Friday, 23 September 2011
London's Burning (Well It Was...)
Perhaps I became apathetic, or maybe there was too much to get into. So I've picked a couple of things that irked me and split them down into a couple of posts. First off, I watched London burn and then watched the police come in for more "damned if they do and damned if they don't" abuse. Yes the riots lasted a while, but we rely on policing by co-operation not by force. We have shown in war zones the world around that escalation is rarely the answer to violence. Rolling armoured vehicles down Oxford Street sends out a message that violence is expected and the ante has been upped - you bring a bigger gun, so will I. No fool would rob a convenience store in America without a gun because all the shopkeepers have them and all the police have them. Therefore all criminals have guns - it is self-defeating. Look at Northern Ireland, look at Iraq. Policing those situations is about damage limitation, restrained policing and intelligent and targeted use of force. I thought they did alright.
I then watched as "human rights groups" (read: mindless morons with no better idea than to jump on the latest fools' bandwagon) and friends of the lawless complained at the 'unduly harsh' sentences passed down on rioters. I watched them castigate judges who sentenced within the law - there are guideline sentences with discretion for increasing or decreasing sentences towards the upper and lower limits according to aggravating or mitigating factors. It's pretty simple: When say, someone causes actual bodily harm in a scuffle and is of otherwise good character and was severely provoked and shows contrition, this mitigates and so the average sentence is lowered. If someone commits the same crime but with malice aforethought and shows no remorse and rather considers this to be jolly good sport, this aggravates the circumstance, so the average sentence increases. All within the limits set in law.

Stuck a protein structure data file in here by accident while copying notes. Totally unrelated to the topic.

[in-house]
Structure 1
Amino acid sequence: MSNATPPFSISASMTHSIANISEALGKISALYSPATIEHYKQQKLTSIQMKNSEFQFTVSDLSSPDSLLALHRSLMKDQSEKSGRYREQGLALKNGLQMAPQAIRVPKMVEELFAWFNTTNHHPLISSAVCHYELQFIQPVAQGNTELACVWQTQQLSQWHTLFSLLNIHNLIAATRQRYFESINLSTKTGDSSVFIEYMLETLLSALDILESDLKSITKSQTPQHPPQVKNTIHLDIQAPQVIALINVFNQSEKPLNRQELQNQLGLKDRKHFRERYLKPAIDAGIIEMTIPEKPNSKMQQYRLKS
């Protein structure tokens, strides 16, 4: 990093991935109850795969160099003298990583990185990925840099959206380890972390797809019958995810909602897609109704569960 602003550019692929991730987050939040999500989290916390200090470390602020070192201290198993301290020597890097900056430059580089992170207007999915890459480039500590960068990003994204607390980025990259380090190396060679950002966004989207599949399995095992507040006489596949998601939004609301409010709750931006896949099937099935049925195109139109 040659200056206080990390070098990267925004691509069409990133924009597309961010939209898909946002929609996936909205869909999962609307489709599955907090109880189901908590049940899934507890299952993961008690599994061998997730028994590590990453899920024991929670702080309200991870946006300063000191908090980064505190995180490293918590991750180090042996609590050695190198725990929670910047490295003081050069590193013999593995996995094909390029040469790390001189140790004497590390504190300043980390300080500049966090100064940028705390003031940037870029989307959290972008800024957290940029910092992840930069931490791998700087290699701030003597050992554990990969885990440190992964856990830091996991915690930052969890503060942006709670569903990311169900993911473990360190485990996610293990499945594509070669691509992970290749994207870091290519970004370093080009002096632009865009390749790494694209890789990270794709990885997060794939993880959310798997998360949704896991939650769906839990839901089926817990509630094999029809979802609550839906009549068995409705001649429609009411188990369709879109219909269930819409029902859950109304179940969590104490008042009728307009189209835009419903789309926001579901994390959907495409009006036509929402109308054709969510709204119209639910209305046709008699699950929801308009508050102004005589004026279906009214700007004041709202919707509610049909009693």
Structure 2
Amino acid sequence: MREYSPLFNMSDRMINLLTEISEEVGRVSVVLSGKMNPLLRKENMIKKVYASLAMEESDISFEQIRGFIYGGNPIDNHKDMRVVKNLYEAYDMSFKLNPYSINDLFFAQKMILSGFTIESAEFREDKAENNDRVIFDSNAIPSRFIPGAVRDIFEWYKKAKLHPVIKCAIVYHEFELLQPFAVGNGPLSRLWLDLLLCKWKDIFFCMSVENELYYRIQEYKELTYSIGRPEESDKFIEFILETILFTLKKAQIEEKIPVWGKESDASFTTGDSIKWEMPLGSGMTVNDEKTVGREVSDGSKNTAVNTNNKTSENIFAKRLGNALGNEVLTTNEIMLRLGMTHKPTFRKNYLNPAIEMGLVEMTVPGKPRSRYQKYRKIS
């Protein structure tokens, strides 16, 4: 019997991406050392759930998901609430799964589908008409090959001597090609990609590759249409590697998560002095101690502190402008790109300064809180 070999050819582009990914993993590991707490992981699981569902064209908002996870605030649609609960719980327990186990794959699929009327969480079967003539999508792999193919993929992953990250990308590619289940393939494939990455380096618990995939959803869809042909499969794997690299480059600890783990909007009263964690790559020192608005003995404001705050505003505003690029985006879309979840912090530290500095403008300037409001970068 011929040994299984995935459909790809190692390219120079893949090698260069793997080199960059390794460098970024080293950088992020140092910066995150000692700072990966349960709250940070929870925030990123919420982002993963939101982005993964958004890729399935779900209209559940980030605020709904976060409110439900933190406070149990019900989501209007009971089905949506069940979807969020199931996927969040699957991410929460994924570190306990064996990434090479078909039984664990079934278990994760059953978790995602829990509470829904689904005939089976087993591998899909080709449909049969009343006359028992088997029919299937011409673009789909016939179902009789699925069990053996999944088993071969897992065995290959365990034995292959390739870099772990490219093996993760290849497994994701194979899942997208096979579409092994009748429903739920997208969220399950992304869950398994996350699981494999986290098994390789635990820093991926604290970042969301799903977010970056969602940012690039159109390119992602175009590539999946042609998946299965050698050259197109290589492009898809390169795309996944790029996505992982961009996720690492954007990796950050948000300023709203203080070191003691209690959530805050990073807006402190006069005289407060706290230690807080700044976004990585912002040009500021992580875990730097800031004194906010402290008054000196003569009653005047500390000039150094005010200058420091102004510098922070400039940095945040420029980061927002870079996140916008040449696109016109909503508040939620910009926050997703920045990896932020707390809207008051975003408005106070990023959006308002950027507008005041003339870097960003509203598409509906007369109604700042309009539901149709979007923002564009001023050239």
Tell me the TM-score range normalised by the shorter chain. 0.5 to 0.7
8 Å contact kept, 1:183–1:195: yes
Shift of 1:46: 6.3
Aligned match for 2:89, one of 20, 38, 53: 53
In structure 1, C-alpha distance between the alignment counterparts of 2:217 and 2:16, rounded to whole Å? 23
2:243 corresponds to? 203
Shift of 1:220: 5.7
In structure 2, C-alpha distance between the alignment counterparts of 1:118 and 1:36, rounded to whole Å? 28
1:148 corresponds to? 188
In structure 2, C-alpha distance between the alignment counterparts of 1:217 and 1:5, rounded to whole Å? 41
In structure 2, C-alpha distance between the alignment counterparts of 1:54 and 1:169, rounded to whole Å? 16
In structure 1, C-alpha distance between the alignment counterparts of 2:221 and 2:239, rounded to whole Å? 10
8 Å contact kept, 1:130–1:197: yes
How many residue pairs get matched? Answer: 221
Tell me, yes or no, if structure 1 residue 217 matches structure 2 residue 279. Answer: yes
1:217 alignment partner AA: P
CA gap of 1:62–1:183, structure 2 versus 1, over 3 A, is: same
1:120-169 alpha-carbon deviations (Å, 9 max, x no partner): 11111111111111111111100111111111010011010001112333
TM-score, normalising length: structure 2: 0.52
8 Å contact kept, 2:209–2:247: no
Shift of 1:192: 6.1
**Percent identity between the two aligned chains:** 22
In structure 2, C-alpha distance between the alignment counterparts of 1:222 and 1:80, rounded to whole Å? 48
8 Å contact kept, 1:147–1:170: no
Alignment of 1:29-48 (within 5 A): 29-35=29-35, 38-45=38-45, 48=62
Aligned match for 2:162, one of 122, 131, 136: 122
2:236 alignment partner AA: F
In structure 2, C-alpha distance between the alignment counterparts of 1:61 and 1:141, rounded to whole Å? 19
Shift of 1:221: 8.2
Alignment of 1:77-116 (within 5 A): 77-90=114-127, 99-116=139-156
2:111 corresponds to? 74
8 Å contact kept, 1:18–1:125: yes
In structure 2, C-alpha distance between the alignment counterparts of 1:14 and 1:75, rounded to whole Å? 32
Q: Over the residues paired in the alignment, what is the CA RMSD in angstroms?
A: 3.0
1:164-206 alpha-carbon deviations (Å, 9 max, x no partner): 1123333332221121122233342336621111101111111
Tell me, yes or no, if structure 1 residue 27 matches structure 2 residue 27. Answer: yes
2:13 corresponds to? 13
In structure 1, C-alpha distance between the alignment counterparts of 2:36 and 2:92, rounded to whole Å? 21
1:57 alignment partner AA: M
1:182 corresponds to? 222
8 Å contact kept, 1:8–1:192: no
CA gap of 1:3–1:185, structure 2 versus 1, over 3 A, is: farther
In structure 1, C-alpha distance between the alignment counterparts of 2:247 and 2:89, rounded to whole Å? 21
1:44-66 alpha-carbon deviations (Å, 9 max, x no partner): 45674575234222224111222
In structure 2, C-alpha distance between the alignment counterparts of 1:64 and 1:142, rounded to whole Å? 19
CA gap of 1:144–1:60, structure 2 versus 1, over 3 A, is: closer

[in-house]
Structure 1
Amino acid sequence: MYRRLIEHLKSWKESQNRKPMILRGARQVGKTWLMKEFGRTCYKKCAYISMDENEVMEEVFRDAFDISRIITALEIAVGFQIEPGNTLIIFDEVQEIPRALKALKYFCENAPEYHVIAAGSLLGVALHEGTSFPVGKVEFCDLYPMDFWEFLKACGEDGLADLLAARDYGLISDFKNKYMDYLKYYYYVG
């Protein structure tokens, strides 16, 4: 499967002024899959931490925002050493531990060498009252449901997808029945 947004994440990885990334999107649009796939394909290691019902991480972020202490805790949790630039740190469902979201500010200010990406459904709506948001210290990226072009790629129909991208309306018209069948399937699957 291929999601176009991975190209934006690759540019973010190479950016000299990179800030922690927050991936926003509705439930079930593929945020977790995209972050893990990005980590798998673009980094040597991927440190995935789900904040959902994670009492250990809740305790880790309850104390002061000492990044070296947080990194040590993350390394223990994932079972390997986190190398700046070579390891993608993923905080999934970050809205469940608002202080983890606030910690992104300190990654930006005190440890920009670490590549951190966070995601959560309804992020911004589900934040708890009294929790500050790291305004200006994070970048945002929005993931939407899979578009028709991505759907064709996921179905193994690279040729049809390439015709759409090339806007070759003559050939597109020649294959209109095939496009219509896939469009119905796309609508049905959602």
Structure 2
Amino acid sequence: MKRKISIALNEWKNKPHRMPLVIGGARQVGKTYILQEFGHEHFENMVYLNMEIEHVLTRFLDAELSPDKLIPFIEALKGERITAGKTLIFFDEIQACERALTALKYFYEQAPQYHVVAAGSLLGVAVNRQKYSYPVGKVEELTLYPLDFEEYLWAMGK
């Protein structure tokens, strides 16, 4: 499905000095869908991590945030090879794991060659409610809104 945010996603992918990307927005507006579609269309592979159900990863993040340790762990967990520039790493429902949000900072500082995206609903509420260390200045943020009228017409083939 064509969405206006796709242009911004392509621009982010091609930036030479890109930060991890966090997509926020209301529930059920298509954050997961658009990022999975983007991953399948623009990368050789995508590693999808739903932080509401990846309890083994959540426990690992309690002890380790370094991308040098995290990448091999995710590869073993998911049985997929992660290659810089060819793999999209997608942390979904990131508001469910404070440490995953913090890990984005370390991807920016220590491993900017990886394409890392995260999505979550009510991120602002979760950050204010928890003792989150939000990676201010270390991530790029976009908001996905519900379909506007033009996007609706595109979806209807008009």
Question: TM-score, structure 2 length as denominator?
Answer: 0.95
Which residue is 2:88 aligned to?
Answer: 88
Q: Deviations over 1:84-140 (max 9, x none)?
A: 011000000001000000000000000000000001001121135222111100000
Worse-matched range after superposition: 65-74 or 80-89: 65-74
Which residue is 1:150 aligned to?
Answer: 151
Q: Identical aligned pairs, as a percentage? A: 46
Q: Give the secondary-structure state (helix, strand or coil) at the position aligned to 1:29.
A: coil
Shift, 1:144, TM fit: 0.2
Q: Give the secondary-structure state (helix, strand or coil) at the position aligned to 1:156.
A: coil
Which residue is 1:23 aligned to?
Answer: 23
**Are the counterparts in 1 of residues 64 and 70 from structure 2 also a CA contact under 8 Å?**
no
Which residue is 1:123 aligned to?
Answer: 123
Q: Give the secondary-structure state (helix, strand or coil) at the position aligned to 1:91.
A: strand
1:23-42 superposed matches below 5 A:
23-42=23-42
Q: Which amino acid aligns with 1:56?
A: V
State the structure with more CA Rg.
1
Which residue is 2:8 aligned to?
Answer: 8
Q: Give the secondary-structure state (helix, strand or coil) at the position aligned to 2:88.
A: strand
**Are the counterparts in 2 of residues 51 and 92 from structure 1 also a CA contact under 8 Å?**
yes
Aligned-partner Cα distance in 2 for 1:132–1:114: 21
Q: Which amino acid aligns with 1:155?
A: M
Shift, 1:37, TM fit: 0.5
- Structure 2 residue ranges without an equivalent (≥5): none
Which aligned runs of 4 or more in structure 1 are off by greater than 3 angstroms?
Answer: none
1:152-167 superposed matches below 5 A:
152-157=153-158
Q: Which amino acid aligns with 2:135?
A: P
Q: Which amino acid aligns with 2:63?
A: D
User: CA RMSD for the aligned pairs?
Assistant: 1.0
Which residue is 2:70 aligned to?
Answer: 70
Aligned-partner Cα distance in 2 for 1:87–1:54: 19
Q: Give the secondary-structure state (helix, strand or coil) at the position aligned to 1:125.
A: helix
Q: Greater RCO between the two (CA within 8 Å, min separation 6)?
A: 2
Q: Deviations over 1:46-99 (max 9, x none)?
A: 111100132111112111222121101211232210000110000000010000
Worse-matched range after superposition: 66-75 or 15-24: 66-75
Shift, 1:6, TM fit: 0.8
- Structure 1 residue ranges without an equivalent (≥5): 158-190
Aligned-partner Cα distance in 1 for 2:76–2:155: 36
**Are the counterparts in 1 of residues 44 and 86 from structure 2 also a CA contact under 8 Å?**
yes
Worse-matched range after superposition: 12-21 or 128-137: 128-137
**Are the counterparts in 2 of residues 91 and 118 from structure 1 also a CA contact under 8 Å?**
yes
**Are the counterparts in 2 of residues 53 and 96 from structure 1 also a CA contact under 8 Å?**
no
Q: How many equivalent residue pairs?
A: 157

Why people couldn't understand the aggravating nature of the backdrop of joining in with rioting, looting, thuggery, arson etc and doing one's best to disturb the peace, eludes me. But so does much about what people like this think. I imagine some of the sentences will be decreased on appeal, but I thought it showed how our justice system is meant to work. It was too large an incident to be prevented by police (the optimum result), so it was contained, recorded and those responsible as far as could be discerned felt the full force of the law. They weren't indiscriminately battered or shot with baton rounds. The police didn't Tiananmen Square their asses. They committed a crime, they were apprehended, they were sentenced. Like the law says is meant to happen. Next.